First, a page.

Later, the copper-plate inscription of the Maharaja Sharvanatha (533-534) from Khoh (SatnaMadhya Pradesh) describes the Mahabharata as a "collection of 100,000 verses" (shatasahasri samhita). The redaction of this large body of text was carried out after formal principles, emphasizing the numbers 18[10] and 12. The addition of the latest parts may be dated by the absence of the Anushasana-parvan from MS Spitzer, the oldest surviving Sanskrit philosophical manuscript dated to the first century, that contains among other things a list of the books in the Mahabharata. From this evidence, it is likely that the redaction into 18 books took place in the first century. An alternative division into 20 parvans appears to have co-existed for some time. The division into 100 sub-parvans (mentioned in Mbh. 1.2.70) is older, and most parvans are named after one of their constituent sub-parvans. The Harivamsa consists of the final two of the 100 sub-parvans, and was considered an appendix (khila) to the Mahabharata proper by the redactors of the 18 parvas. District,

The historicity of the Kurukshetra War is unclear. Inasmuch as it does have a historical precedent, it would best fit into the context of Iron Age India of the 9th century BC or so. In discussing the dating question, historian A. L. Basham says:

"According to the most popular later tradition the Mahabharata War took place in 3102 B.C. Such a date seems to fit well with the scanty archaeological remains of the period, and there is some evidence in the Brahmana literature itself."[12]

Regardless of the historicity of the Kurukshetra War in particular, the general setting of the epic certainly does have a historical precedent in Iron Age (Vedic) India, where the Kuru kingdom was the center of political power during roughly 1200 to 800 BC.[13] A dynastic conflict of the period could have been the inspiration for the Jaya, the core on which the Mahabharata corpus was built, with a climactic battle eventually coming to be viewed as an epochal event. Dating this conflict relies almost exclusively on textual materials in the Mahabaharata itself and associated genealogical lists in the later Puranic literature.

The evidence of the Puranas is of two kinds. Of the first kind, there is the direct statement that there were 1015 (or 1050) years between the birth of Parikshita (Arjuna's grandson) and the accession of Mahapadma Nanda, commonly dated to 382 B.C., which would yield an estimate of about 1400 B.C. for the Bharata battle.[14] However, this would imply improbably long reigns on average for the kings listed in the genealogies.[15] Of the second kind are analyses of parallel genealogies in the Puranas between the times of Adhisimakrishna (Parikshita's great-grandson) and Mahapadma Nanda. Pargiter accordingly estimated 26 generations by averaging 10 different dynastic lists and, assuming 18 years for the average duration of a reign, arrived at an estimate of 850 B.C. for Adhisimakrishna, and thus approximately 950 B.C. for the Bharata battle.[16] B. B. Lal used the same approach with a more conservative assumption of the average reign to estimate a date of 836 B.C., and correlated this with archaeological evidence from Painted Grey Ware sites, the association being strong between PGW artifacts and places mentioned in the epic.[17]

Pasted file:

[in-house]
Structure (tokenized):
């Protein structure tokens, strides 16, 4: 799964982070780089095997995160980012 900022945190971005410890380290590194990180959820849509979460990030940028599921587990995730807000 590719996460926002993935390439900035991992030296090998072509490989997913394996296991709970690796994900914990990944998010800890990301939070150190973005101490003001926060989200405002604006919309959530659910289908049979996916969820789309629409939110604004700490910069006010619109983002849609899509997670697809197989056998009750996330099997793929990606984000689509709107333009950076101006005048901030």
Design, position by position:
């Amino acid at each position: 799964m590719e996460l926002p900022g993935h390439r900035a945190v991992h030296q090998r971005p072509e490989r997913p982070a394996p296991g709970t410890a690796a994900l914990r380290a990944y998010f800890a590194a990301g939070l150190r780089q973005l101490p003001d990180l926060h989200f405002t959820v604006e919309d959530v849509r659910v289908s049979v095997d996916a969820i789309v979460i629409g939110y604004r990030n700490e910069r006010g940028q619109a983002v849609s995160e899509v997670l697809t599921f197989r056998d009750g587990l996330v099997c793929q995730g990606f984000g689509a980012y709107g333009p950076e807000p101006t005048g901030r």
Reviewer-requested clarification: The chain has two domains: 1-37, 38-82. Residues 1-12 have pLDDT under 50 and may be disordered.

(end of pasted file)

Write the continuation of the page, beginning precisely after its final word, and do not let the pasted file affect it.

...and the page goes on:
Attempts to date the events using methods of archaeoastronomy have produced, depending on which passages are chosen and how they are interpreted, estimates ranging from the late 4th to the mid 2nd millennium B.C.[18] The late 4th millennium date has a precedent in the calculation of the Kaliyuga epoch, based on planetary conjunctions, by Aryabhata (6th century). His date of February 18th 3102 B.C. has become widespread in Indian tradition (for example, the Aihole inscription of Pulikeshi II, dated to Saka 556 = 634 A.D., claims that 3735 years have elapsed since the Bharata battle.[19]) Another traditional school of astronomers and historians, represented by Vriddha-Garga, Varahamihira (author of the Brhatsamhita) and Kalhana (author of the Rajatarangini), place the Bharata war 653 years after the Kaliyuga epoch, corresponding to 2449 B.C.[20]

The core story of the work is that of a dynastic struggle for the throne of Hastinapura, the kingdom ruled by the Kuru clan. The two collateral branches of the family that participate in the struggle are the Kaurava and the Pandava. Although the Kaurava is the senior branch of the family, Duryodhana, the eldest Kaurava, is younger than Yudhisthira, the eldest Pandava. Both Duryodhana and Yudhisthira claim to the first in line to inherit the throne.

The struggle culminates in the great battle of Kurukshetra, in which the Pandavas are ultimately victorious. The battle produces complex conflicts of kinship and friendship, instances of family loyalty and duty taking precedence over what is right, as well as the converse.